The tarsal tunnel, located behind the inner ankle bone, contains the posterior tibial nerve. This nerve then divides into three branches, two of which enter into the bottom of the foot through two canals. The other nerve supplies sensation to the back of the heel. It has been found that in the majority of patients with foot/ankle neuropathy they have constricted canals and thickening of a ligament which compresses the nerves. Common sense tells us that if the condition is caused by a physical constriction of the nerves, no matter what is done topically, or internally with medications the constriction is still present.
Surgical Decompression of the Entrapped/Compressed Nerves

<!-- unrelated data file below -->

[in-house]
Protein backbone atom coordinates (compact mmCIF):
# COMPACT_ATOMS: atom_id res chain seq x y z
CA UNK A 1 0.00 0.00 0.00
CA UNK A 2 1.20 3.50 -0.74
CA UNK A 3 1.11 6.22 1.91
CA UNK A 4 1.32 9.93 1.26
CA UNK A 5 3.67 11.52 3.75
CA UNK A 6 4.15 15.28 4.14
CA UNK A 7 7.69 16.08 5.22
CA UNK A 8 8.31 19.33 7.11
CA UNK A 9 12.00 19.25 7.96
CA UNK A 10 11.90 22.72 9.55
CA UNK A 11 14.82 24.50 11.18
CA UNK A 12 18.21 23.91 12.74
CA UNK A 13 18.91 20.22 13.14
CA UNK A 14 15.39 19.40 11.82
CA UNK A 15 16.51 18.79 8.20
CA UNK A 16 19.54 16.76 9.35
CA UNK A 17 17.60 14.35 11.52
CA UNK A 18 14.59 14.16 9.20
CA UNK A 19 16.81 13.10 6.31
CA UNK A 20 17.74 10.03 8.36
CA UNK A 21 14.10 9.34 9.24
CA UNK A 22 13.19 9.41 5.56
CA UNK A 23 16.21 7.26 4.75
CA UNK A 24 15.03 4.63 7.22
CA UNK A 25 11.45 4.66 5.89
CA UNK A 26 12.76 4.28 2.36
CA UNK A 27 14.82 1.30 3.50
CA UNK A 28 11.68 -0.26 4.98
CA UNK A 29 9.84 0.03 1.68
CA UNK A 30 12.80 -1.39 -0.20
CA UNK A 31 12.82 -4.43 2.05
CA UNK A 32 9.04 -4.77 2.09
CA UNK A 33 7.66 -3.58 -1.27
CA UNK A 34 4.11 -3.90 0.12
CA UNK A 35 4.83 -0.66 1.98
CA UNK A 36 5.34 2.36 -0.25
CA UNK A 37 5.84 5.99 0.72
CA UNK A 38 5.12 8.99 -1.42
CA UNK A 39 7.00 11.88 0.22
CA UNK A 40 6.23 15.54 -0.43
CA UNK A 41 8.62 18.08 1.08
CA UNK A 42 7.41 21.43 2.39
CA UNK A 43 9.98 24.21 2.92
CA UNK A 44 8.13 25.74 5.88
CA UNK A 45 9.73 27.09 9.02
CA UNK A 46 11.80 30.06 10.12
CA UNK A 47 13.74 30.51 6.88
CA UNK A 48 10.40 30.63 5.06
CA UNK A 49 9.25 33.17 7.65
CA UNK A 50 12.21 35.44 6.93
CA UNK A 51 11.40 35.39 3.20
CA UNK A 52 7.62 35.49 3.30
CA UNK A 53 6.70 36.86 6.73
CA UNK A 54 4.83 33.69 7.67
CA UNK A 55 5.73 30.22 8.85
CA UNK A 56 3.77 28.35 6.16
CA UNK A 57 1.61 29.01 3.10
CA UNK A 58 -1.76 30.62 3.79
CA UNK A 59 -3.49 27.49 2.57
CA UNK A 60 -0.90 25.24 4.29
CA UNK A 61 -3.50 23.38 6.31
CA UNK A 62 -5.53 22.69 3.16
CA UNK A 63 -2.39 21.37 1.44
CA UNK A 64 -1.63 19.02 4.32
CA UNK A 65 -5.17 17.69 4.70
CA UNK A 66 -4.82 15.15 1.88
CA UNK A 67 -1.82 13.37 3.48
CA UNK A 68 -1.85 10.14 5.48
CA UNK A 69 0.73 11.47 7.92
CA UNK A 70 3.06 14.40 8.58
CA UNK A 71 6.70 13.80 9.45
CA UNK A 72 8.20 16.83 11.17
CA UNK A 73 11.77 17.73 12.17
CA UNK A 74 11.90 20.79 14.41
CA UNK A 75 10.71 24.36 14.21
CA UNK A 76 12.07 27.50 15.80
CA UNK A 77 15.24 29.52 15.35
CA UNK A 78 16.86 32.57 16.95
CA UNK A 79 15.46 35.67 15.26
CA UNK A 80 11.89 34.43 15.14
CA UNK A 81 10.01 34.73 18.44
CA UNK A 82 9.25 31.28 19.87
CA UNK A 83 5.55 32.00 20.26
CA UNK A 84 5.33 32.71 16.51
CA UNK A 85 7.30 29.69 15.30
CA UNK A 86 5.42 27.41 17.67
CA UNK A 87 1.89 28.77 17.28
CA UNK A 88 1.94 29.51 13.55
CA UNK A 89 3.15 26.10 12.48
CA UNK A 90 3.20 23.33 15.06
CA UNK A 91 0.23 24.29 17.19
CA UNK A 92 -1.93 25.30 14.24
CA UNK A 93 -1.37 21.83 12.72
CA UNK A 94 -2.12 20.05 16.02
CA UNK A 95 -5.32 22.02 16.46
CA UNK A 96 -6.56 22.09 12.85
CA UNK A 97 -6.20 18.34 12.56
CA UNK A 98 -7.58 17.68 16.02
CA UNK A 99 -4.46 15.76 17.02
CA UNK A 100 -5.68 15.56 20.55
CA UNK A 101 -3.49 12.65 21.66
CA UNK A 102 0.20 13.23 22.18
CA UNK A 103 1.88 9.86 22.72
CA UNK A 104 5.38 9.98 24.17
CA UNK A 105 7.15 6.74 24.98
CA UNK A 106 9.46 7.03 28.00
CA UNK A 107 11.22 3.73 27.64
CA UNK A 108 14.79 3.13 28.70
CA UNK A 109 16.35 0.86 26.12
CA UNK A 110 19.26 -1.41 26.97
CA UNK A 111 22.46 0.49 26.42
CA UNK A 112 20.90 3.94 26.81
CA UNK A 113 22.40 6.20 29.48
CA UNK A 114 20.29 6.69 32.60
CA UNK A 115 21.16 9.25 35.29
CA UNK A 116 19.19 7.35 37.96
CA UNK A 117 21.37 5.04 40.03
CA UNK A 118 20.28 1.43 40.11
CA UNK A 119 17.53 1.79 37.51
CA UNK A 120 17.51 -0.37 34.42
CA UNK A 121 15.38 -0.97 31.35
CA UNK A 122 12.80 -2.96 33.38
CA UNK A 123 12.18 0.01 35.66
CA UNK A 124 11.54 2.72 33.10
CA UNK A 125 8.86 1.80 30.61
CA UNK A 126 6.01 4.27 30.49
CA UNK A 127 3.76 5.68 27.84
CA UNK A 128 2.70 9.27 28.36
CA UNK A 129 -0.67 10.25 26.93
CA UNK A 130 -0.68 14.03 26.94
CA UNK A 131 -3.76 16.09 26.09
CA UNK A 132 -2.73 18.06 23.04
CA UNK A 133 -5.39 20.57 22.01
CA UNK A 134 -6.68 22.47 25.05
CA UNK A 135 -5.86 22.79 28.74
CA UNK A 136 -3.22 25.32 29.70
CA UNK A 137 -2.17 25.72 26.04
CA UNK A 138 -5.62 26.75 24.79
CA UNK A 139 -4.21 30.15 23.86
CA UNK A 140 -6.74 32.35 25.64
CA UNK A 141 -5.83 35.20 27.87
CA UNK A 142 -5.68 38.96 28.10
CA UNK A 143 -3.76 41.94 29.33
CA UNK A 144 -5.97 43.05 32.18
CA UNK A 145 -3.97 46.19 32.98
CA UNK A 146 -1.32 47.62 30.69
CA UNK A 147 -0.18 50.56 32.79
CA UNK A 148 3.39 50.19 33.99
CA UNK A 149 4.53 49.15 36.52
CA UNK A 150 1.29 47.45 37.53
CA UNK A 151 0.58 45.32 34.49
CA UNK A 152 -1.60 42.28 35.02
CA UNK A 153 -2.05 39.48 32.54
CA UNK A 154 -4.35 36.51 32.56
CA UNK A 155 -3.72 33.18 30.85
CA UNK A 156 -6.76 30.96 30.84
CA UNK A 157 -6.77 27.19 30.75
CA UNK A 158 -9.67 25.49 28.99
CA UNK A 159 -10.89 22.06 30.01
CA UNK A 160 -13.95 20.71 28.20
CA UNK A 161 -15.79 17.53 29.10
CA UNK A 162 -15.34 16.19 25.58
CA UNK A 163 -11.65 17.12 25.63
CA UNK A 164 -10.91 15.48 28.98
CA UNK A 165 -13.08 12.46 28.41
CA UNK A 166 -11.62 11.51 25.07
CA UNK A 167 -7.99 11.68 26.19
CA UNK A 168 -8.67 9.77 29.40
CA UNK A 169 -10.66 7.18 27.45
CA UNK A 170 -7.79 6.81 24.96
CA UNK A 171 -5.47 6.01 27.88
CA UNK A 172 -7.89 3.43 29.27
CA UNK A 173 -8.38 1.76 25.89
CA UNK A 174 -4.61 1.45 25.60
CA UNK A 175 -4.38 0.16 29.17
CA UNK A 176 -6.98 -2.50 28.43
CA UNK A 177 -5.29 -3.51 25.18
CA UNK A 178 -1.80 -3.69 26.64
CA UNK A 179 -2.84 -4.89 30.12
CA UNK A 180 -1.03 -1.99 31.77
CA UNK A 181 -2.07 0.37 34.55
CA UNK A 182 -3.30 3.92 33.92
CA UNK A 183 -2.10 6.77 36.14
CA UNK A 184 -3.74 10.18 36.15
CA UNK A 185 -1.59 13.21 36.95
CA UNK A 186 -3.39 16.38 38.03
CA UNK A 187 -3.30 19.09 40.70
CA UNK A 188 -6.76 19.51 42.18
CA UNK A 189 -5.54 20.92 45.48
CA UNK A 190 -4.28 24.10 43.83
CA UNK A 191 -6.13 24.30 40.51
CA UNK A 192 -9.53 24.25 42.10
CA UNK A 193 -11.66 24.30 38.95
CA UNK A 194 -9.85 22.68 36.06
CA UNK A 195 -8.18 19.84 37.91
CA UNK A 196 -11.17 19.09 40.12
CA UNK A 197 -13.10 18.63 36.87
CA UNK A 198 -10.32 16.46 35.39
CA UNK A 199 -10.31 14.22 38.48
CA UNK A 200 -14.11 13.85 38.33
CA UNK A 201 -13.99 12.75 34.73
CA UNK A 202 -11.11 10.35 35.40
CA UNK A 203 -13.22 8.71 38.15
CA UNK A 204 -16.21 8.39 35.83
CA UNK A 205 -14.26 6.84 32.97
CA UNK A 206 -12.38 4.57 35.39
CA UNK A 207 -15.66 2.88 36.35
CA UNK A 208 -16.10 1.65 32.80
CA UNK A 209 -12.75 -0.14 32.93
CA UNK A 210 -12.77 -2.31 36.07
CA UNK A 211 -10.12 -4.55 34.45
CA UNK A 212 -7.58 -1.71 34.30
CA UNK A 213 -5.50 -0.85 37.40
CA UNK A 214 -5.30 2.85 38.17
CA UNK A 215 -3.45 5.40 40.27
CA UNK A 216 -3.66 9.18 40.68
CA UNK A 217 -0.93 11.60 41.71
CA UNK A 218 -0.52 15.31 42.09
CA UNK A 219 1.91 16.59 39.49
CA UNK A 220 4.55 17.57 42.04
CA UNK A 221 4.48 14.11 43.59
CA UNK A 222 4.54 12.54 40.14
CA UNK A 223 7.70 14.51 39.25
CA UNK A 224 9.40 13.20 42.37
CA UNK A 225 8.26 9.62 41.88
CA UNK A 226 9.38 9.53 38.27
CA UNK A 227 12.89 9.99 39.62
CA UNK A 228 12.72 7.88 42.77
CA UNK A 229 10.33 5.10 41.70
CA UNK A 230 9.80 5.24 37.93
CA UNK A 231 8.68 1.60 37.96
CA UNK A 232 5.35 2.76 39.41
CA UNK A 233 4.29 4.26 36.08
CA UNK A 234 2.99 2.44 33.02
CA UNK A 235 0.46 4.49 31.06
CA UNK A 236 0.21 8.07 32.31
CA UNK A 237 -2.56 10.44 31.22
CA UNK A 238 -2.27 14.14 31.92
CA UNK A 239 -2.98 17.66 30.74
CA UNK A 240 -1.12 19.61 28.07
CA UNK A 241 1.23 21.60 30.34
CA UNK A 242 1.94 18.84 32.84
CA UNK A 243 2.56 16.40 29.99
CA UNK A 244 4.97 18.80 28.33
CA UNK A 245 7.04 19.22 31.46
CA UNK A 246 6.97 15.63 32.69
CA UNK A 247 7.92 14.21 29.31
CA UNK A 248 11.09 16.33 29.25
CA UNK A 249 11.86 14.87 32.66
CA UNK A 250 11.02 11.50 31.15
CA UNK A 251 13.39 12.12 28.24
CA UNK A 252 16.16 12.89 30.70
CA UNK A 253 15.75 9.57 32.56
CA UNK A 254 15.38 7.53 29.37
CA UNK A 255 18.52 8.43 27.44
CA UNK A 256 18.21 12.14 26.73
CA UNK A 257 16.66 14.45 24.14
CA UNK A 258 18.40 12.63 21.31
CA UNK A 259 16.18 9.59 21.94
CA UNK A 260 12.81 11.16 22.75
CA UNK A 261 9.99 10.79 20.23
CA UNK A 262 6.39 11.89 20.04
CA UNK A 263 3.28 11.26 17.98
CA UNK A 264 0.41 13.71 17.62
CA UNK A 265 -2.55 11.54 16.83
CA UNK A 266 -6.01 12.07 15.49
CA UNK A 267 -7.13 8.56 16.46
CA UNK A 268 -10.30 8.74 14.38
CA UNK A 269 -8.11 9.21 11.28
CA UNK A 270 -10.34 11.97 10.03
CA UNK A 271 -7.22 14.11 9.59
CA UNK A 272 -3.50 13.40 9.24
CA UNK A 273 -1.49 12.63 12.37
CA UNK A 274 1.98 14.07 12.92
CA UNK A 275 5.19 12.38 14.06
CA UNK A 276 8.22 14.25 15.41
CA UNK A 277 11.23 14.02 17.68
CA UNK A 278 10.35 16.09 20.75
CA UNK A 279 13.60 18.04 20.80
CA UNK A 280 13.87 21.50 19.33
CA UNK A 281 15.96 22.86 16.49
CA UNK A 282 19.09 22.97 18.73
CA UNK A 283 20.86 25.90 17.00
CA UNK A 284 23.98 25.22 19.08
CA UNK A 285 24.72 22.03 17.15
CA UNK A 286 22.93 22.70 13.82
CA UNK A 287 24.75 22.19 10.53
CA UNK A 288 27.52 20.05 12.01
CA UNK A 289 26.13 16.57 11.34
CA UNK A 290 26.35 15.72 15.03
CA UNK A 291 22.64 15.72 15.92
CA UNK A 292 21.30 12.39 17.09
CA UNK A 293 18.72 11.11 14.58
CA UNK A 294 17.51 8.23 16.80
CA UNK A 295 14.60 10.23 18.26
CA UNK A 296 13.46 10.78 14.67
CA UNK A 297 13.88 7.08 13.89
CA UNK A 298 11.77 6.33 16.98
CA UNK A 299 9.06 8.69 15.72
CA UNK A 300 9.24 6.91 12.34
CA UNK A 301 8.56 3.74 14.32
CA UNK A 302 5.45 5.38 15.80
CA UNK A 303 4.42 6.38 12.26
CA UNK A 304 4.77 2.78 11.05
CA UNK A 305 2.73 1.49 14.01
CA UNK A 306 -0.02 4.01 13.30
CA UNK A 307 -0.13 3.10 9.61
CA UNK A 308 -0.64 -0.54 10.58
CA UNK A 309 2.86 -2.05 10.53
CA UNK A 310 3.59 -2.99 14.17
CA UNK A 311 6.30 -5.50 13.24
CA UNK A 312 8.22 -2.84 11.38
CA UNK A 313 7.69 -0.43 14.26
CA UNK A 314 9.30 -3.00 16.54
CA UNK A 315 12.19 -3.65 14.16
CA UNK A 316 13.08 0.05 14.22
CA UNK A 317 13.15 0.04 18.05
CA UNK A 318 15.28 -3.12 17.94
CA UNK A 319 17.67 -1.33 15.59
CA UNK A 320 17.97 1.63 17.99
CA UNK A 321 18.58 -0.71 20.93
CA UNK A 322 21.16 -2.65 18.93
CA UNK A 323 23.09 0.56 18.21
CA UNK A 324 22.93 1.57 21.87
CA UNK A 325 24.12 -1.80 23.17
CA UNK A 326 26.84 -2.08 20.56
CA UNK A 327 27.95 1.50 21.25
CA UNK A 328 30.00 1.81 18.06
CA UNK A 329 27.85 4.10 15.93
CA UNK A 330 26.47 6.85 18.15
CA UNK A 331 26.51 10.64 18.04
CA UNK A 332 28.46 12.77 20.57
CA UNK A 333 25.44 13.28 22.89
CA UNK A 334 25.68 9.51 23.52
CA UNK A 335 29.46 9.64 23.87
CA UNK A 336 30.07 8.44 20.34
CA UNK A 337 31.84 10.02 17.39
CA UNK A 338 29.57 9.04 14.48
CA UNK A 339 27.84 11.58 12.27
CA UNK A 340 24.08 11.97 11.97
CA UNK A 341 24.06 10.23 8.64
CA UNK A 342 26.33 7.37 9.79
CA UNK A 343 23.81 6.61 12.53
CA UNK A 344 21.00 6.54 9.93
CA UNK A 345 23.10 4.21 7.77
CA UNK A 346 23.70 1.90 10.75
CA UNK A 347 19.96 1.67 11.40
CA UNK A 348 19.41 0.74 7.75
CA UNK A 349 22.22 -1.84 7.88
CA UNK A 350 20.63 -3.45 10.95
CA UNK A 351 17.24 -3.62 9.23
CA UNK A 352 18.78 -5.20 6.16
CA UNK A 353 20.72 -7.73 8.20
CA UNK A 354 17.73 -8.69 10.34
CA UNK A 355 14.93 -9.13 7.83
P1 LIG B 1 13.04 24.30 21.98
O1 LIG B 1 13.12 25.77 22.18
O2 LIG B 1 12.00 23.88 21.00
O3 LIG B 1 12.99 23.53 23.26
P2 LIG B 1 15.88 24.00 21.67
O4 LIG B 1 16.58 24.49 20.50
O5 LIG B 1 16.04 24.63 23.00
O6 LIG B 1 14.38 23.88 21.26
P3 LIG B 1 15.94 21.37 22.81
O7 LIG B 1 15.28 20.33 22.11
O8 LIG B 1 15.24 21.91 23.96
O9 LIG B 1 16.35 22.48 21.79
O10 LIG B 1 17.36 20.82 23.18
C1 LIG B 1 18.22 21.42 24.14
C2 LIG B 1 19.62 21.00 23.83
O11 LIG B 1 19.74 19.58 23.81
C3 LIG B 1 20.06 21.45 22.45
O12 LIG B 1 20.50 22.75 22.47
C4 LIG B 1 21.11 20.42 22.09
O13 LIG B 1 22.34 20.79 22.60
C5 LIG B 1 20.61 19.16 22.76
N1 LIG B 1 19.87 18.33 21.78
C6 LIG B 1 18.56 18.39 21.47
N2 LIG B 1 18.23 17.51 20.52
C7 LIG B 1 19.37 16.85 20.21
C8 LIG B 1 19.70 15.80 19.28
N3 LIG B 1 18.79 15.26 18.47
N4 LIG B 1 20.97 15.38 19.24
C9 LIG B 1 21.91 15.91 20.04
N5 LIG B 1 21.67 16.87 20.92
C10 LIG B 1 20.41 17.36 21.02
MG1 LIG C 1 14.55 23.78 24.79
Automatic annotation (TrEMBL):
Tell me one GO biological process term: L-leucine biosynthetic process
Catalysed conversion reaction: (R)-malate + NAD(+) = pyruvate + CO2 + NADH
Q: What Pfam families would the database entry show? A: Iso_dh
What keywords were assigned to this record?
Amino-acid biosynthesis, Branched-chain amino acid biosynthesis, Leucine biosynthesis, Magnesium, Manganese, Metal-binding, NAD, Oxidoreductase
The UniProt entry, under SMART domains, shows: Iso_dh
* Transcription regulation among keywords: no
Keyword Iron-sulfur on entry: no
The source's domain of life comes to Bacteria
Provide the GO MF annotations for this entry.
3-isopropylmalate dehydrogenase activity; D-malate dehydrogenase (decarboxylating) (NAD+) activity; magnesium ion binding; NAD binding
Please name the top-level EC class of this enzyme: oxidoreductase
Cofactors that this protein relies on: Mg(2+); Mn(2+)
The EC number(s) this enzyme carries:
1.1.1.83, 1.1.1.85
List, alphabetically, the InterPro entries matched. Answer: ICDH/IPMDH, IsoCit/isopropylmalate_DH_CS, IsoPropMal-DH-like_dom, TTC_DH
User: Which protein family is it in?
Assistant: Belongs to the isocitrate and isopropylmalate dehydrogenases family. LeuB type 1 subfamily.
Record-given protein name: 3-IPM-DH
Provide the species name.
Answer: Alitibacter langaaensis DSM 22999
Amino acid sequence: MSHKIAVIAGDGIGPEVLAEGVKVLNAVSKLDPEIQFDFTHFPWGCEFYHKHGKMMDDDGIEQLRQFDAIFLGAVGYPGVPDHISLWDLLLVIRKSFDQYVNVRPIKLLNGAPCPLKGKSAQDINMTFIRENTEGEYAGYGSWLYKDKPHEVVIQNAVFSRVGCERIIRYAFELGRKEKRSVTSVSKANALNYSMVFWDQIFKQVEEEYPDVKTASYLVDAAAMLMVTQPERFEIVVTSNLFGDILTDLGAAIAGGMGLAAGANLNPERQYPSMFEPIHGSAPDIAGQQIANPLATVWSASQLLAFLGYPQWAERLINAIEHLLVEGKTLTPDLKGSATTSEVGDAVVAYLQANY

Dr. Anthony Weinert is one of only a handful of surgeons trained in surgical decompression associated with peripheral neuropathy of the foot. Under loop-magnification, he will decompress the entrapped nerves of the foot. The surgery, which is performed as an out-patient surgery under twilight sedation, typically takes 45 minutes to perform. Only one foot at a time is worked on. Dr. Anthony Weinert has been performing this surgery for years in metro Detroit and is the only of the only podiatrists in the area trained to perform this technique.
Previous studies have been performed which have shown a success rate of 80%. The results can be instant relief to months before any changes are noticed. There are many factors which affect the outcome of the surgery. No guarantees are given on the success of the surgery.
As with any surgery and although rare, there are potential risks of surgery including but not limited to: blood loss, infection, delayed wound healing, scarring, increased nerve symptoms due to regeneration of the nerves, increased numbness, need for further surgery, failure of the surgery to achieve its desired goal, and death.